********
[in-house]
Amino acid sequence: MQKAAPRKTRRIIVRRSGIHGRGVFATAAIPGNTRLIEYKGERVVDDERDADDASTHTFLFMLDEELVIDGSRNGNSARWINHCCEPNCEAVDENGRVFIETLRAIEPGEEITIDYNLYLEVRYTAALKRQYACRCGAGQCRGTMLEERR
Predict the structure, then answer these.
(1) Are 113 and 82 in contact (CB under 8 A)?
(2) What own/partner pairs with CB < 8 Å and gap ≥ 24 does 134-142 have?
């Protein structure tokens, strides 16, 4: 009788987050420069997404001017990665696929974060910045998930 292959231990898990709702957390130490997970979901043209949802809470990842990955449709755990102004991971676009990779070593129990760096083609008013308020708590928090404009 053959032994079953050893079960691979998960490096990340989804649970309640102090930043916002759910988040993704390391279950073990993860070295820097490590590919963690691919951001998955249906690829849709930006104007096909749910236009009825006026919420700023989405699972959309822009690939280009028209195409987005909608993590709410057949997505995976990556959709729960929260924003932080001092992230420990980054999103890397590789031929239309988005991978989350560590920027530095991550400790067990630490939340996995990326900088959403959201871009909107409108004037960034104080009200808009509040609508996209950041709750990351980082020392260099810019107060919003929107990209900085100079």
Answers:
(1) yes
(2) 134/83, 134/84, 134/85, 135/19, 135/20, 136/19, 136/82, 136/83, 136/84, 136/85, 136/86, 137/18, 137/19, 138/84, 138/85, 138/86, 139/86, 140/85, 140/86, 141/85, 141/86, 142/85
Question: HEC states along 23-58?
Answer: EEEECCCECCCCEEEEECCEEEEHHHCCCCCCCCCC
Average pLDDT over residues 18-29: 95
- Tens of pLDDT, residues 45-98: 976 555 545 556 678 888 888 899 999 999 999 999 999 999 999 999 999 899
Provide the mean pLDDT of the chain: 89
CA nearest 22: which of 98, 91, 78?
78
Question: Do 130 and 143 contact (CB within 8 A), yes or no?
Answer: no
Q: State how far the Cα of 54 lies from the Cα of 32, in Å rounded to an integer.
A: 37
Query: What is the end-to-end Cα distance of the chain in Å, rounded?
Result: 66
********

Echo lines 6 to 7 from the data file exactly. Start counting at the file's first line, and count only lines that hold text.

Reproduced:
């Protein structure tokens, strides 16, 4: 009788987050420069997404001017990665696929974060910045998930 292959231990898990709702957390130490997970979901043209949802809470990842990955449709755990102004991971676009990779070593129990760096083609008013308020708590928090404009 053959032994079953050893079960691979998960490096990340989804649970309640102090930043916002759910988040993704390391279950073990993860070295820097490590590919963690691919951001998955249906690829849709930006104007096909749910236009009825006026919420700023989405699972959309822009690939280009028209195409987005909608993590709410057949997505995976990556959709729960929260924003932080001092992230420990980054999103890397590789031929239309988005991978989350560590920027530095991550400790067990630490939340996995990326900088959403959201871009909107409108004037960034104080009200808009509040609508996209950041709750990351980082020392260099810019107060919003929107990209900085100079």
Answers: